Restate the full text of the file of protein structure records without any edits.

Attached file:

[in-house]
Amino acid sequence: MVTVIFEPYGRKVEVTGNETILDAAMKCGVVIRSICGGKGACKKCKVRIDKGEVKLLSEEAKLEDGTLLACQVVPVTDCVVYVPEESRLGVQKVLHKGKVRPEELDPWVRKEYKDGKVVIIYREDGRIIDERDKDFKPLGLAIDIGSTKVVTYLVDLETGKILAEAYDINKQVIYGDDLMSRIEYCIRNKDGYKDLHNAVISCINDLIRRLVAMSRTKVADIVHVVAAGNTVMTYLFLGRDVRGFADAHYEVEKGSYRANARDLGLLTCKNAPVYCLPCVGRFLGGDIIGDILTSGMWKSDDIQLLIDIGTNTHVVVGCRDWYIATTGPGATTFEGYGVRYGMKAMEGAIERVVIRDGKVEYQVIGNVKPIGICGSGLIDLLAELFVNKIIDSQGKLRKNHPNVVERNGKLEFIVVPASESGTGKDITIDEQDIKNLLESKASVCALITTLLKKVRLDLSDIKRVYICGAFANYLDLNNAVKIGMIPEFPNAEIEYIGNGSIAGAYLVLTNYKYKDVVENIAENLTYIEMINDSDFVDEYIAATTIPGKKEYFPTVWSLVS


[in-house]
Amino acid sequence: MVTVIFEPYGRKVEVTGNETILDAAMKCGVVIRSICGGKGACKKCKVRIDKGEVKLLSEEAKLEDGTLLACQVVPVTDCVVYVPEESRLGVQKVLHKGKVRPEELDPWVRKEYKDGKVVIIYREDGRIIDERDKDFKPLGLAIDIGSTKVVTYLVDLETGKILAEAYDINKQVIYGDDLMSRIEYCIRNKDGYKDLHNAVISCINDLIRRLVAMSRTKVADIVHVVAAGNTVMTYLFLGRDVRGFADAHYEVEKGSYRANARDLGLLTCKNAPVYCLPCVGRFLGGDIIGDILTSGMWKSDDIQLLIDIGTNTHVVVGCRDWYIATTGPGATTFEGYGVRYGMKAMEGAIERVVIRDGKVEYQVIGNVKPIGICGSGLIDLLAELFVNKIIDSQGKLRKNHPNVVERNGKLEFIVVPASESGTGKDITIDEQDIKNLLESKASVCALITTLLKKVRLDLSDIKRVYICGAFANYLDLNNAVKIGMIPEFPNAEIEYIGNGSIAGAYLVLTNYKYKDVVENIAENLTYIEMINDSDFVDEYIAATTIPGKKEYFPTVWSLVS